Hotels in Auli are kind of expensive, and we being a bunch of jobless folks(except one :P) had to minimize the trip cost. I looked through the hotels online but couldn’t find a good deal, which made me think of even think of Manali over Auli and almost getting myself kicked out :D We decided to reach Joshimath first and find hotels there itself! And we did find one, equipped with heaters and water geyser! We stayed in Hotel Snow Crest for our entire trip, it was a dorm room and we stayed up until late night that made the trip more memorable!
Advice: If you want to stay in Auli itself, go for GMVN Auli Tourist Bungalow. It’s a good place to stay at an economical price, but the only thing is that you need to book it 3 days prior to your stay, at their website. If you’re planning a long trip, you can also check The Birdsong Cottage on Airbnb for a better experience with friends. I came across this while I was searching for hotels, would stay here next time for sure!
Our first soldier got up at 7 a.m. in the morning who woke others up. And boy it was -10 degrees! Who had the guts to come out of the soft, warm and cozy bed! But the excitement of snow and skiing drove everyone out one by one. It was cold enough that you could see ice crystals forming on the road. We had some breakfast and then headed over to the cable car which cost us Rs. 750/person. The cable car ride(which took around 25 minutes) ascended by about 1000 meters from Joshimath to Auli. We could see the snow capped Nanda Devi and Nar Parvat and as the altitude increased, I could see snow on the ground. The moment I stepped out, I could feel the adrenaline rush through my veins, and yeah the first obvious thing that I thought to do was to make a small snowball and aim for others’ face ;) Skiing gears and rubber boots were available to us for rent at 400 bucks per person!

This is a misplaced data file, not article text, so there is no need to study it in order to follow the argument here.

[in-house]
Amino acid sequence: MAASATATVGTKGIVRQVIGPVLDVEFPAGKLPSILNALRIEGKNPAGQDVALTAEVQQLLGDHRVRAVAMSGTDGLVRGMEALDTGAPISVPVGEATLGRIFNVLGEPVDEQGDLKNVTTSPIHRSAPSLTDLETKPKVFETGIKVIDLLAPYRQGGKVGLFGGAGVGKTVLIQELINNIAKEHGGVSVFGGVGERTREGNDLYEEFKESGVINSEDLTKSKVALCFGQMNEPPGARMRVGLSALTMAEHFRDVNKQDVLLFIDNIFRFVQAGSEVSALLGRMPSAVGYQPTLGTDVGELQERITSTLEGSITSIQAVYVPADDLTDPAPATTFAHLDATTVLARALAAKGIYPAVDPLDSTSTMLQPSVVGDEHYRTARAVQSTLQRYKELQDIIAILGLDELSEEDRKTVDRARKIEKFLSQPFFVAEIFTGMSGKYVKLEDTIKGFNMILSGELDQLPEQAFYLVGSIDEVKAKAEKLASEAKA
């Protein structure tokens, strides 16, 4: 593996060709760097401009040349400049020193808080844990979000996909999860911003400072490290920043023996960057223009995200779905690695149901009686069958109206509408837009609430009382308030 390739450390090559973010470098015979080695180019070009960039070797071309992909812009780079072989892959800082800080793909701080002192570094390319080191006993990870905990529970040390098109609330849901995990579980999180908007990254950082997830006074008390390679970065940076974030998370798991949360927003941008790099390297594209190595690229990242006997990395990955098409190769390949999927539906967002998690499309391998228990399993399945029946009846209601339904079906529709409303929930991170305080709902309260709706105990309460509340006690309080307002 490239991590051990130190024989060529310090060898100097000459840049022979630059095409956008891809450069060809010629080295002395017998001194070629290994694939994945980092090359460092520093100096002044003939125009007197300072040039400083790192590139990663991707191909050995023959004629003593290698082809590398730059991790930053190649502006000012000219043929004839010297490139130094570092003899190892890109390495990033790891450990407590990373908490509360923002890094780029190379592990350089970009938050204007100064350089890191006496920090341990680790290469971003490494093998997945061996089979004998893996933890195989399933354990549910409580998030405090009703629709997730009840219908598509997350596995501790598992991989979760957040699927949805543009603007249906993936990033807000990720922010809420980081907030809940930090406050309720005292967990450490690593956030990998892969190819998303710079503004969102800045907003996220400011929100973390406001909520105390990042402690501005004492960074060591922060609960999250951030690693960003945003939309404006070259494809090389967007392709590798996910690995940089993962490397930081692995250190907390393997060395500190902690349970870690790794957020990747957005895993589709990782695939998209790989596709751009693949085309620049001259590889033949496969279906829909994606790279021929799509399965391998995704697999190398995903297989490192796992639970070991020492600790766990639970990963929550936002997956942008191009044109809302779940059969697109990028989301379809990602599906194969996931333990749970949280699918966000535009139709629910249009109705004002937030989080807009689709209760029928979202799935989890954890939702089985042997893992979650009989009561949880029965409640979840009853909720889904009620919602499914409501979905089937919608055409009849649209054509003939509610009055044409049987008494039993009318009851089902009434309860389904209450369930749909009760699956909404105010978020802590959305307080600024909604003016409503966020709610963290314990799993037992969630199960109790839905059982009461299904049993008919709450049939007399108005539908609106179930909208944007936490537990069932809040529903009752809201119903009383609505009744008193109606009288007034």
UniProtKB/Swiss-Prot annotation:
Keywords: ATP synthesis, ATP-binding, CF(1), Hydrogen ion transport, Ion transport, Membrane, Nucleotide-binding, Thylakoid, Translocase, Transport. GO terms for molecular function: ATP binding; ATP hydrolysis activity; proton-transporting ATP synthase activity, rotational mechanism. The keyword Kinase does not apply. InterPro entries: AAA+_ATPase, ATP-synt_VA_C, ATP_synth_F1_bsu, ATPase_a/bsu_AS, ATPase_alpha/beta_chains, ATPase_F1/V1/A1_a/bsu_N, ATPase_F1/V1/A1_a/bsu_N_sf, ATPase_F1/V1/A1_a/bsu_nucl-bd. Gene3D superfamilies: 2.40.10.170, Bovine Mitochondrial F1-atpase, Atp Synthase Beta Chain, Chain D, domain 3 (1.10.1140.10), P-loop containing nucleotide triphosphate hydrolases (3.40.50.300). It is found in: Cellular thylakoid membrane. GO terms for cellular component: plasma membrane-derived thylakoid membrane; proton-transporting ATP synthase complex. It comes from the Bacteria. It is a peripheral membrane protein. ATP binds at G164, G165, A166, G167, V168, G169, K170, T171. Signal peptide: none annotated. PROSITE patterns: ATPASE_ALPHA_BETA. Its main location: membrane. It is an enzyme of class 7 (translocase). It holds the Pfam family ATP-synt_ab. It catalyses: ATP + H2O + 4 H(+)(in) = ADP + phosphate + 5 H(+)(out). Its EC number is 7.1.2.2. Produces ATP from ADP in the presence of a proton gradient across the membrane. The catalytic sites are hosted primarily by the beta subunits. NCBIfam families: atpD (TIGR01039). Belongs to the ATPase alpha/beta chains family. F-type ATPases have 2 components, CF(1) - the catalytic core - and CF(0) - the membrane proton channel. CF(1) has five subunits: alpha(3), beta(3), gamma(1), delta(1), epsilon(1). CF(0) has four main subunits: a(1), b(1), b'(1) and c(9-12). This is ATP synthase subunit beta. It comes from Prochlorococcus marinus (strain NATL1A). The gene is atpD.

As for skiing, there’s a small patch of slightly inclined land, where you can “try” to ski. So if you’re a beginner, forget about that pro-level skiing because you’ll find yourself struggling trying to even stand still and you’ll fall terribly! I tried and crashed into a girl that happened to be on my way xD. I guess their only use is to get your photographs clicked, and I did :P
The only people you’ll see there skiing properly would be either your skiing instructor(ours had 30 years of experience and he didn’t look any older) or the people who’ve taken a skiing course(which is almost a week or two long). So if you plan to visit Auli for a long time, stay in Auli and take up a ski + accommodation combo by the Government resort. You can also spot ITBP(Indo Tibetan Border Police) soldiers training themselves.
Advice: The last cable car that comes back from Auli to Joshimath is scheduled at about 3:30 p.m. So you need to come back by that cable car if you haven’t booked a hotel at Auli Resort itself.